The declaration follows similar petitions from other branches of the French intelligentsia: 58 cinema directors, 300 writers, 300 theatrical figures and 1,200 journalists and lawyers. Three more round robins, threatening deliberately to flout the proposed new law - from doctors, scientists and cartoonists - will be published in Liberation today.
The ostensible object of the intellectual revolt is a draft law, due to be finalised in the National Assembly next week, which tightens existing restrictions on illegal immigration. In particular, the country's cultural and intellectual elite objects to a clause which would oblige anyone housing a non-touristic, non-European Union foreigner to obtain a certificate from the local authority.
The suggestion is that this would turn France into a nation of informers and smacks of the kind of registration of Jews which was imposed by the Vichy regime during the Second World War. In fact, most of the provisions in the law have existed for 15 years and were originally introduced, by decree, by a Socialist government in 1982. The only new requirement is that the host must tell the authorities when his guests leave.
Furthermore, as the Interior Minister, Jean-Louis Debre, pointed out yesterday in the Journal de Dimanche, there will be no jail sentences for French people who break the law. They will simply be banned from holding "lodging certificates" in future.
EU citizens and visitors from other countries, such as the US, who require no visa, do not fall under the regulations. The new - and old - laws apply to other foreigners with no right of residence or obvious means of support in France, Mr Debre said. They can only enter if they have a certificate showing that they have somewhere to stay.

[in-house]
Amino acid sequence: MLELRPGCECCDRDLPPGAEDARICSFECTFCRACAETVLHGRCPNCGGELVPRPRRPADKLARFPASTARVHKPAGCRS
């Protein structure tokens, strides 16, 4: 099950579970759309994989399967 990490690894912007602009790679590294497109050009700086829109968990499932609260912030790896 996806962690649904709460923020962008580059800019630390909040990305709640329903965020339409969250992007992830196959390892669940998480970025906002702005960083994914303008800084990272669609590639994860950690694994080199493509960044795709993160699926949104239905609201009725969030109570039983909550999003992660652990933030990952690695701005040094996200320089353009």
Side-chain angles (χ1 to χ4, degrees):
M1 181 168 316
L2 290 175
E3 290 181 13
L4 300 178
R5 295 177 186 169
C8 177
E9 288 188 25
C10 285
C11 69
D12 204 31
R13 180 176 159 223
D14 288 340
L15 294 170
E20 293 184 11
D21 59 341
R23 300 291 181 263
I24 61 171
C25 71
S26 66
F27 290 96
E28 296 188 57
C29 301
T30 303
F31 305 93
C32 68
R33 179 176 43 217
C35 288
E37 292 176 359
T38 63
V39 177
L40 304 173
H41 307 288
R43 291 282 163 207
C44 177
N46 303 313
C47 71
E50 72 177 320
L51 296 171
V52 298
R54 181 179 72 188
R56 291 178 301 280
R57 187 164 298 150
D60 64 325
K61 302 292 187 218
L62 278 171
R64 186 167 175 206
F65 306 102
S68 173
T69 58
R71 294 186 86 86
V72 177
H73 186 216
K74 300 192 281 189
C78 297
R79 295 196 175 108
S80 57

Why, then, such a great furore? By the admission of those organising the protests, they are mostly aimed at the rise of Jean-Marie Le Pen's ultra-right and xenophobic Front National, after its victory in Vitrolles, near Marseilles, last week. It may be true the intelligentsia should have objected to the immigration laws before now, say the petition organisers. But a halt must be called at some time to what they call the creeping "Le Pen-isation" of French politics. The motivation behind the new law - and the kinds of words used by parliamentarians from the centre-right majority when they made it even tougher in the National Assembly - were pure Front National, the critics say. (The amendments were struck out last week by the upper chamber of parliament, the Senate.)
Mr Debre retorts that the best way to cut the ground from under the FN is to control the illegal immigration which damages the interests of legitimate immigrants and French citizens alike. Other commentators point out that Mr Le Pen will be delighted by the protests: they come from just the social elites which the FN accuses of betraying France.
An uneasy truce may be declared when the law comes back to the National Assembly next week. The Prime Minister, Alain Juppe, let it be known yesterday that he would not withdraw the offending "lodging" clause. But he also hinted that he expected supporters of his own centre-right government to make no attempt to restore their FN-inspired amendments.